Flexibility and mobility in the arms and shoulders are crucial to the swimming leg of a triathlon. Wetsuits with thinner neoprene over the shoulders and in the armpits improve mobility in a full-cut model. Of course, sleeveless and short-cut wetsuits have the best mobility, but they may leave you cold and increase drag through the upper body.
Triathlon wetsuits are made of a synthetic rubber called neoprene. High-quality models have 39-cell neoprene, which increases buoyancy over large portions of the body. However, 45-cell neoprene has better flexibility so it’s often used to make the thin neoprene on the shoulders.
To enhance hydrodynamics, triathlon wetsuits are constructed with neoprene panels of varying thicknesses. Thicker neoprene (up to five millimeters thick) on the lower back and upper chest increases buoyancy, helping these heavier areas to rise out of the water. Thinner panels (one to four millimeters thick) cover the arms and legs to help them glide through the water. Top quality, competition-level wetsuits have customized paneling over every part of the body with four or five different thicknesses of neoprene. Less expensive wetsuits may only have two or three neoprene thicknesses and fewer panels.
To keep your T1 times down, you need a wetsuit with a zipper that practically unzips itself. While you might have to practice a few times to use some of these zipper designs efficiently, once you get it down, they can seriously cut your T1 times.
Breakaway zippers: Breakaway zippers give you two zip options because they work in both directions. They can be unzipped by either pulling down on the zipper or by tugging on a cord from over the shoulder that releases the entire zipper. When the cord is pulled from over the shoulder, the zipper “breaks away” or instantly releases for quick removal.
Reverse zippers: To unzip a reverse zipper, pull from the bottom of the zipper to the top. Many people find this easier to do behind their back than pulling from top to bottom.
Coatings on the outside of the suit reduce friction/drag, which can shave a few extra seconds of your swim time and reduce fatigue. A hydrodynamic silicone coating called super composite skin (SCS) or slick skin coating is the top-of-the-line coating used to make competitive wetsuits. It can occasionally be found on mid-priced models, though usually these wetsuits have less-expensive silicone coatings. These coatings are still effective but don’t reach the standards of SCS.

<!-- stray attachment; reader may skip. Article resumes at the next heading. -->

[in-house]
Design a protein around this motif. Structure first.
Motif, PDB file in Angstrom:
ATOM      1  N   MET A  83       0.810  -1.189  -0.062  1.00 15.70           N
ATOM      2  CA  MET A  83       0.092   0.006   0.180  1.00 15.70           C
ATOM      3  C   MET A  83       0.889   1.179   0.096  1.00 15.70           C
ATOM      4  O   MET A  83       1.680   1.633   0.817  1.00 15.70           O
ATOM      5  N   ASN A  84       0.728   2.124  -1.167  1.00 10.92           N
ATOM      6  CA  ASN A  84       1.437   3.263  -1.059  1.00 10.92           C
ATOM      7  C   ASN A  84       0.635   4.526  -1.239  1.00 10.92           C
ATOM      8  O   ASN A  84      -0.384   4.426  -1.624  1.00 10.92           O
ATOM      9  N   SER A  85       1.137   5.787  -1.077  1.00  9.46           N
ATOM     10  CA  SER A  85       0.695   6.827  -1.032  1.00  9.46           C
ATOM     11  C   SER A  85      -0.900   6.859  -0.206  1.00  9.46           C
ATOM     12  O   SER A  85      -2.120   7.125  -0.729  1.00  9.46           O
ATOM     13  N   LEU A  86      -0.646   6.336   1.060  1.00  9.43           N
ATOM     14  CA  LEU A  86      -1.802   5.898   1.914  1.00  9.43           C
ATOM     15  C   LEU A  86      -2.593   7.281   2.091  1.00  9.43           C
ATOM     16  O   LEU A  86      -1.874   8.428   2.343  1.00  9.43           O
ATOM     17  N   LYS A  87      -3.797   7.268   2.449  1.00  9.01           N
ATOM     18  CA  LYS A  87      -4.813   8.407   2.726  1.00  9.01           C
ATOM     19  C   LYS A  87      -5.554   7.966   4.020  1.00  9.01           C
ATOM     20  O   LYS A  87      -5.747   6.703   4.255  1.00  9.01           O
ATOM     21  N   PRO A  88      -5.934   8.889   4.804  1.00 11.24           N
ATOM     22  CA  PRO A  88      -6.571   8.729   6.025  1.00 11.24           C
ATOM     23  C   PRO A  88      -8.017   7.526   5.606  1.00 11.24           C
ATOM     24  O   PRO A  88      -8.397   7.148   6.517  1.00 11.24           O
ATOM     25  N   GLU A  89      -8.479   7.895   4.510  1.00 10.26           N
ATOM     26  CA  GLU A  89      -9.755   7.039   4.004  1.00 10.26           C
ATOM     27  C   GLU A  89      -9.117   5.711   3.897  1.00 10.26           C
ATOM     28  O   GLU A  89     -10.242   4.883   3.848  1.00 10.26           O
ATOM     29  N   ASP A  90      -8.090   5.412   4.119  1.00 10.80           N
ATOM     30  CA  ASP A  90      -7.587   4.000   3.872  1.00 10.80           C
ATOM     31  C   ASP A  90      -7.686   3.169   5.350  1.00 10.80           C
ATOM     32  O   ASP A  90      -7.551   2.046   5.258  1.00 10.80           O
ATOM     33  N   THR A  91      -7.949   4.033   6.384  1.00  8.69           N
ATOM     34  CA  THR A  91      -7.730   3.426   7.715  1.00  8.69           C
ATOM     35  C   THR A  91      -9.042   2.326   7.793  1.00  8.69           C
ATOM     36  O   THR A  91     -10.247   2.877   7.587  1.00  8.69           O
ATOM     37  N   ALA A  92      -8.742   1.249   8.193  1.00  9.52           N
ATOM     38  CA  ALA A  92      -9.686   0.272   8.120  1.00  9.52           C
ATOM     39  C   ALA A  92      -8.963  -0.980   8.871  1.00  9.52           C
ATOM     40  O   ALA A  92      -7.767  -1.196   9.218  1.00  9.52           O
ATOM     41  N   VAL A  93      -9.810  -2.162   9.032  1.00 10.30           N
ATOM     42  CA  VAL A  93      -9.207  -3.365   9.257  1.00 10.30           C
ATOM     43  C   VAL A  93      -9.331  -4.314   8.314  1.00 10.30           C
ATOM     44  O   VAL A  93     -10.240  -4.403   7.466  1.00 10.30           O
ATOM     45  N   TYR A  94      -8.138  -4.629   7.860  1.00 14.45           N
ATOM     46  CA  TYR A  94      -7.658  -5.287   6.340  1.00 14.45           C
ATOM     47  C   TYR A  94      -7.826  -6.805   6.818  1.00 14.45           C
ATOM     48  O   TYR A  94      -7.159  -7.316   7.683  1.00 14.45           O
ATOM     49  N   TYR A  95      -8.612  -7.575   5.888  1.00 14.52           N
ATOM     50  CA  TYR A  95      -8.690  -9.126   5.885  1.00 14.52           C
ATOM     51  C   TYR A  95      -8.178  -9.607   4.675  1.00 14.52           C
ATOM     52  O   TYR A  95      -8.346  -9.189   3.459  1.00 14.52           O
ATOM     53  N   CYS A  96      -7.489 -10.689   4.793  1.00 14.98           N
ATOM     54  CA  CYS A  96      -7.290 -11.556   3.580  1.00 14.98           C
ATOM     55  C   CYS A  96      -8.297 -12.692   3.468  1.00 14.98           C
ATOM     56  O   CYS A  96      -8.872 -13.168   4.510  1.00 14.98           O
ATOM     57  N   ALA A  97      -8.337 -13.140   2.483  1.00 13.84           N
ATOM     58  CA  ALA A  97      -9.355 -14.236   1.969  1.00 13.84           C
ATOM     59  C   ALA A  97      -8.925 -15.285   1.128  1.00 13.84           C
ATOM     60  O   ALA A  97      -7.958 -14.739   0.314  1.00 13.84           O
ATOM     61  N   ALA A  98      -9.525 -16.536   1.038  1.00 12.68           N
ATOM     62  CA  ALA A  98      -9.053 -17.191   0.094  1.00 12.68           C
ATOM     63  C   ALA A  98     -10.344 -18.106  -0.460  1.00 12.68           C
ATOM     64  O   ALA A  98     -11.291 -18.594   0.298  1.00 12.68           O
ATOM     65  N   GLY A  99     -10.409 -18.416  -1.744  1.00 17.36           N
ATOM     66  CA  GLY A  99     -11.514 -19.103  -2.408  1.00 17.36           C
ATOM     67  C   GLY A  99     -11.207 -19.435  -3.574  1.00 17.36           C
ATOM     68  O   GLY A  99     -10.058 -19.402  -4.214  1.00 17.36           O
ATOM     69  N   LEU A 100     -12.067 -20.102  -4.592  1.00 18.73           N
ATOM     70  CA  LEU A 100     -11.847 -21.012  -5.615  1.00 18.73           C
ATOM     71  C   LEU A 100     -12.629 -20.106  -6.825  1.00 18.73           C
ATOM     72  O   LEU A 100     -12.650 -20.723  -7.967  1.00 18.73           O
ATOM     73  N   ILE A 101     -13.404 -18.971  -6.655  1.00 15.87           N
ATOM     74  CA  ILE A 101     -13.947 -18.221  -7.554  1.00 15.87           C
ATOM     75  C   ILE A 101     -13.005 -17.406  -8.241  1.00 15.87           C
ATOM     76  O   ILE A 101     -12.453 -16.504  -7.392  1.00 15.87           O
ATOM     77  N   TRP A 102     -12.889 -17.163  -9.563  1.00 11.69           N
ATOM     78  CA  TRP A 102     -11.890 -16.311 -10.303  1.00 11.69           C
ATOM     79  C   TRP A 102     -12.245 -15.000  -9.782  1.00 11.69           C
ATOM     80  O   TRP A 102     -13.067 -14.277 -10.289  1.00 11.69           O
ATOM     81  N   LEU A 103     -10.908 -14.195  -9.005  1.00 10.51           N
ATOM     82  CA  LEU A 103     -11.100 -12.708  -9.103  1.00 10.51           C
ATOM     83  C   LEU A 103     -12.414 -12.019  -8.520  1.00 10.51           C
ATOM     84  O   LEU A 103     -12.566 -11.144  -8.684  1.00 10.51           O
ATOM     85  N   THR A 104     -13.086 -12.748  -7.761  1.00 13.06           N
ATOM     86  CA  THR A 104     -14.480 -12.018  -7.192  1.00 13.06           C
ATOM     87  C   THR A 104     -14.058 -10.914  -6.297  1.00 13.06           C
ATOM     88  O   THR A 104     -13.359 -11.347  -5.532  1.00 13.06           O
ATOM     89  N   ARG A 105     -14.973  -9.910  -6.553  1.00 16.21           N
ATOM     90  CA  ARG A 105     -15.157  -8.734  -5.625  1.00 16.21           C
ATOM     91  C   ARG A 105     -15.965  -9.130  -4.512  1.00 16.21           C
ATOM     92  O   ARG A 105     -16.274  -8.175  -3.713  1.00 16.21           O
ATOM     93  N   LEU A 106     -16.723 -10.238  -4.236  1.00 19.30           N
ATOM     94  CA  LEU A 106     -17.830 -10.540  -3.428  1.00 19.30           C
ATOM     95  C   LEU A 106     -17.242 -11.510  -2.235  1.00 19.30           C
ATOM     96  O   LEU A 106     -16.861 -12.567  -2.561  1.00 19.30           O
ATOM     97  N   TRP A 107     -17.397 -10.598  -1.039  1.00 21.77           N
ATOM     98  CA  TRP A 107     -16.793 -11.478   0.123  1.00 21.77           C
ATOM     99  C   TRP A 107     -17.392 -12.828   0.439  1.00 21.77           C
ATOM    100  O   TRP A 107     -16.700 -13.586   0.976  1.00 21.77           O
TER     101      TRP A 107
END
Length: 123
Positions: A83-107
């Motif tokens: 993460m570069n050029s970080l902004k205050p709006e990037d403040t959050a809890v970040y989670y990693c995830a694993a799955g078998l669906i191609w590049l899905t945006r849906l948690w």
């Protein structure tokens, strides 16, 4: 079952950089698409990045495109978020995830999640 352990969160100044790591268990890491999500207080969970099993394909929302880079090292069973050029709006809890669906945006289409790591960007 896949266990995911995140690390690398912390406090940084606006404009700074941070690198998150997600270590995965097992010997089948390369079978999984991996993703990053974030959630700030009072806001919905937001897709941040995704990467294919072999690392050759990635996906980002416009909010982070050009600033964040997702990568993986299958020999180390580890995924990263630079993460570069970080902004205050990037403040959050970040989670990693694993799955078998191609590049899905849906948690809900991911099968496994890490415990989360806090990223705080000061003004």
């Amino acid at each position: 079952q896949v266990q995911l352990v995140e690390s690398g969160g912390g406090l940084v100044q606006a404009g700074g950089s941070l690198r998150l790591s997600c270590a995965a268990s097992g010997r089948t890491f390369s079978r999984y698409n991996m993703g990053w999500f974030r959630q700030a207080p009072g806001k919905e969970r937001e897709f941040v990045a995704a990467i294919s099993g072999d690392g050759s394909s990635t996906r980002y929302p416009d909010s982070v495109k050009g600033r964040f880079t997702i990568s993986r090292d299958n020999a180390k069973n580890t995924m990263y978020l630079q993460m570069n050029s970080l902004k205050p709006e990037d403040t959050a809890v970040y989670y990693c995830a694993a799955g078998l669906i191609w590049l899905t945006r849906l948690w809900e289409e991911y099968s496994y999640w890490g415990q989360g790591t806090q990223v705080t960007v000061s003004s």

Inexpensive: Entry-level wetsuits start at or around $120 to $150. Most of these are sleeveless or short-cut wetsuits. They may have some paneling and most have some kind of silicone coating to repel water and reduce drag.
Mid-range: Intermediate and some competitive triathletes can find excellent wetsuits in the $150 to $400 range. These suits will have more paneling — some with both 39-cell and 45-cell neoprene — and SCS coating.
Expensive: Wetsuits designed for competition level triathletes start at $400, but many of the most advanced models are well over $600. These wetsuits have advanced paneling and improved fabric design with either jersey or 45-cell neoprene on the shoulders. They may also have silicone on the cuffs to reinforce and improve the flexibility of the seams.
The key to cutting your overall time is to streamline your transition points. A wetsuit should fit snugly but not so tightly that you can’t get out of it. You also don’t want any extra material or folds. You need to find a balance between the two.
Lubricant placed on the wrists and ankles can help you get out of the suit faster. The quicker you get it off, the faster your T1 time.
Watch the neckline. You don’t want to feel like your wetsuit has got you in a chokehold. Like the rest of the suit, it should be snug so no water gets in but not tight so that you feel stiff when you swim.
Here are a few more wetsuits we considered that might be the right fit for you. Xterra Women’s Volt Wetsuit is an inexpensive entry-level suit that has paneling with neoprene of two thicknesses. Reinforced seams prevent water from entering, and we love the shoulder mobility. Synergy Triathlon Full-sleeve Wetsuit has increased paneling with neoprene of three different thicknesses. It has SCS coating like much more expensive suits but stays in a relatively affordable price range. If you’re looking for an entry-level full-cut wetsuit, the NeoSport Women’s NRG Triathlon Full Wetsuit is a good choice. With neoprene of two thicknesses, it helps lift the chest out of the water and reduces drag.
Q. Are there rules or regulations that limit the kind of wetsuit you can wear?
A. The official governing body over triathlons is the USAT, or USA Triathlon. Their guidelines state that to officially place or qualify in a triathlon in water that's 78°F or below, the wetsuit cannot be more than 5 millimeters thick. In water 78°F to 84°F, you can wear a wetsuit, but if you do, you cannot place in the triathlon or qualify for other events. In water over 85°F, wetsuits are not allowed.
Q. Why are full-cut wetsuits considered faster than sleeveless or short-cut styles?
A. Full-cut wetsuits increase the amount of your body that’s coated in buoyant, silicone-covered neoprene. The more of your body that’s out of the water, the less surface area there is to be slowed by friction. Sleeveless and short-cut styles leave more of your non-hydrodynamic body exposed to the water.
Q. How are women’s triathlon wetsuits different than men’s?
A. Women’s suits are narrower in the shoulders, wider at the hips, and narrower through the waist. Depending on the brand, they may also be shorter in the torso. Some manufacturers make tall or petite sizes for those who fall outside of average.